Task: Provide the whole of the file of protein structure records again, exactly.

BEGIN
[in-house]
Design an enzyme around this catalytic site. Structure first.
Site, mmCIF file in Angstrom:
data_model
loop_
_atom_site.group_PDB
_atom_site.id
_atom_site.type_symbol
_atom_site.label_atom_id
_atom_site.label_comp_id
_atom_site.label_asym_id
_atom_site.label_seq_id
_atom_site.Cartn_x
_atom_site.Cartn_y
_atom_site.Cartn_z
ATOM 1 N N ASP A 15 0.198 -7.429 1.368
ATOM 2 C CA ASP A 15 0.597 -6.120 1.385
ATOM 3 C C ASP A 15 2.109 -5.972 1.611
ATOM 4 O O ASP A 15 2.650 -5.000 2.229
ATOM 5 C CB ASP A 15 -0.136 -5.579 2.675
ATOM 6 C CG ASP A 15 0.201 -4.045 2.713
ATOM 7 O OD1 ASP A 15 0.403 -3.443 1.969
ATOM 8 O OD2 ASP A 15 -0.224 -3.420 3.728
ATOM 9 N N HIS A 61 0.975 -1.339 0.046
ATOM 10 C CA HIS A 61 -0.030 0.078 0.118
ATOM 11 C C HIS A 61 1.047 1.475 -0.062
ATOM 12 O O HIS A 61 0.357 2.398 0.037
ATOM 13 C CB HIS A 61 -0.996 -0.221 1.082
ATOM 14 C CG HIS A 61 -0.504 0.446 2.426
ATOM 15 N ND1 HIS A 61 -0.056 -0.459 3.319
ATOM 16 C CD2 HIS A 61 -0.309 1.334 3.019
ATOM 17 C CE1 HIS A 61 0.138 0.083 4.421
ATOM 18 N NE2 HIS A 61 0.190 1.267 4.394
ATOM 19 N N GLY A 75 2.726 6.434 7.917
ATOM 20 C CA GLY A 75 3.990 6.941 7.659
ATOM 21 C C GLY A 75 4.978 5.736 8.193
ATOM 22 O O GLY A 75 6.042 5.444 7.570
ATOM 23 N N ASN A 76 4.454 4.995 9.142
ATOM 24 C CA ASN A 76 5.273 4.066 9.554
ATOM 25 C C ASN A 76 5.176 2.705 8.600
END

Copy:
[in-house]
Design an enzyme around this catalytic site. Structure first.
Site, mmCIF file in Angstrom:
data_model
loop_
_atom_site.group_PDB
_atom_site.id
_atom_site.type_symbol
_atom_site.label_atom_id
_atom_site.label_comp_id
_atom_site.label_asym_id
_atom_site.label_seq_id
_atom_site.Cartn_x
_atom_site.Cartn_y
_atom_site.Cartn_z
ATOM 1 N N ASP A 15 0.198 -7.429 1.368
ATOM 2 C CA ASP A 15 0.597 -6.120 1.385
ATOM 3 C C ASP A 15 2.109 -5.972 1.611
ATOM 4 O O ASP A 15 2.650 -5.000 2.229
ATOM 5 C CB ASP A 15 -0.136 -5.579 2.675
ATOM 6 C CG ASP A 15 0.201 -4.045 2.713
ATOM 7 O OD1 ASP A 15 0.403 -3.443 1.969
ATOM 8 O OD2 ASP A 15 -0.224 -3.420 3.728
ATOM 9 N N HIS A 61 0.975 -1.339 0.046
ATOM 10 C CA HIS A 61 -0.030 0.078 0.118
ATOM 11 C C HIS A 61 1.047 1.475 -0.062
ATOM 12 O O HIS A 61 0.357 2.398 0.037
ATOM 13 C CB HIS A 61 -0.996 -0.221 1.082
ATOM 14 C CG HIS A 61 -0.504 0.446 2.426
ATOM 15 N ND1 HIS A 61 -0.056 -0.459 3.319
ATOM 16 C CD2 HIS A 61 -0.309 1.334 3.019
ATOM 17 C CE1 HIS A 61 0.138 0.083 4.421
ATOM 18 N NE2 HIS A 61 0.190 1.267 4.394
ATOM 19 N N GLY A 75 2.726 6.434 7.917
ATOM 20 C CA GLY A 75 3.990 6.941 7.659
ATOM 21 C C GLY A 75 4.978 5.736 8.193
ATOM 22 O O GLY A 75 6.042 5.444 7.570
ATOM 23 N N ASN A 76 4.454 4.995 9.142
ATOM 24 C CA ASN A 76 5.273 4.066 9.554
ATOM 25 C C ASN A 76 5.176 2.705 8.600